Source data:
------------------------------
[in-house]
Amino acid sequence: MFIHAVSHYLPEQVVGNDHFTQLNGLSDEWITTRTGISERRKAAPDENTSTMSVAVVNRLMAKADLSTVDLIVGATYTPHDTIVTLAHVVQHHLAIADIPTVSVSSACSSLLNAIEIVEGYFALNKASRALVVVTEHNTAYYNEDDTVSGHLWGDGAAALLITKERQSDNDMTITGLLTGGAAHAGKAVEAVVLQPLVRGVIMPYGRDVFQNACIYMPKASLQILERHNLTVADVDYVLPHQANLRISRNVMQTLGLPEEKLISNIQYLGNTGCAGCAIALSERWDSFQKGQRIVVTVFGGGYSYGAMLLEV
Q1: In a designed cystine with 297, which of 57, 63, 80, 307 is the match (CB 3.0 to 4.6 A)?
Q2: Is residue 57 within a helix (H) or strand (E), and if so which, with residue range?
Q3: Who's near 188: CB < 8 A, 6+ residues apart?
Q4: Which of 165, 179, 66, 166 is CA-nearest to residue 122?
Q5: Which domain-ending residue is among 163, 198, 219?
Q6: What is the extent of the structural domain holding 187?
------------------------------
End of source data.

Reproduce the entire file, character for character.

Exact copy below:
[in-house]
Amino acid sequence: MFIHAVSHYLPEQVVGNDHFTQLNGLSDEWITTRTGISERRKAAPDENTSTMSVAVVNRLMAKADLSTVDLIVGATYTPHDTIVTLAHVVQHHLAIADIPTVSVSSACSSLLNAIEIVEGYFALNKASRALVVVTEHNTAYYNEDDTVSGHLWGDGAAALLITKERQSDNDMTITGLLTGGAAHAGKAVEAVVLQPLVRGVIMPYGRDVFQNACIYMPKASLQILERHNLTVADVDYVLPHQANLRISRNVMQTLGLPEEKLISNIQYLGNTGCAGCAIALSERWDSFQKGQRIVVTVFGGGYSYGAMLLEV
Q1: In a designed cystine with 297, which of 57, 63, 80, 307 is the match (CB 3.0 to 4.6 A)?
Q2: Is residue 57 within a helix (H) or strand (E), and if so which, with residue range?
Q3: Who's near 188: CB < 8 A, 6+ residues apart?
Q4: Which of 165, 179, 66, 166 is CA-nearest to residue 122?
Q5: Which domain-ending residue is among 163, 198, 219?
Q6: What is the extent of the structural domain holding 187?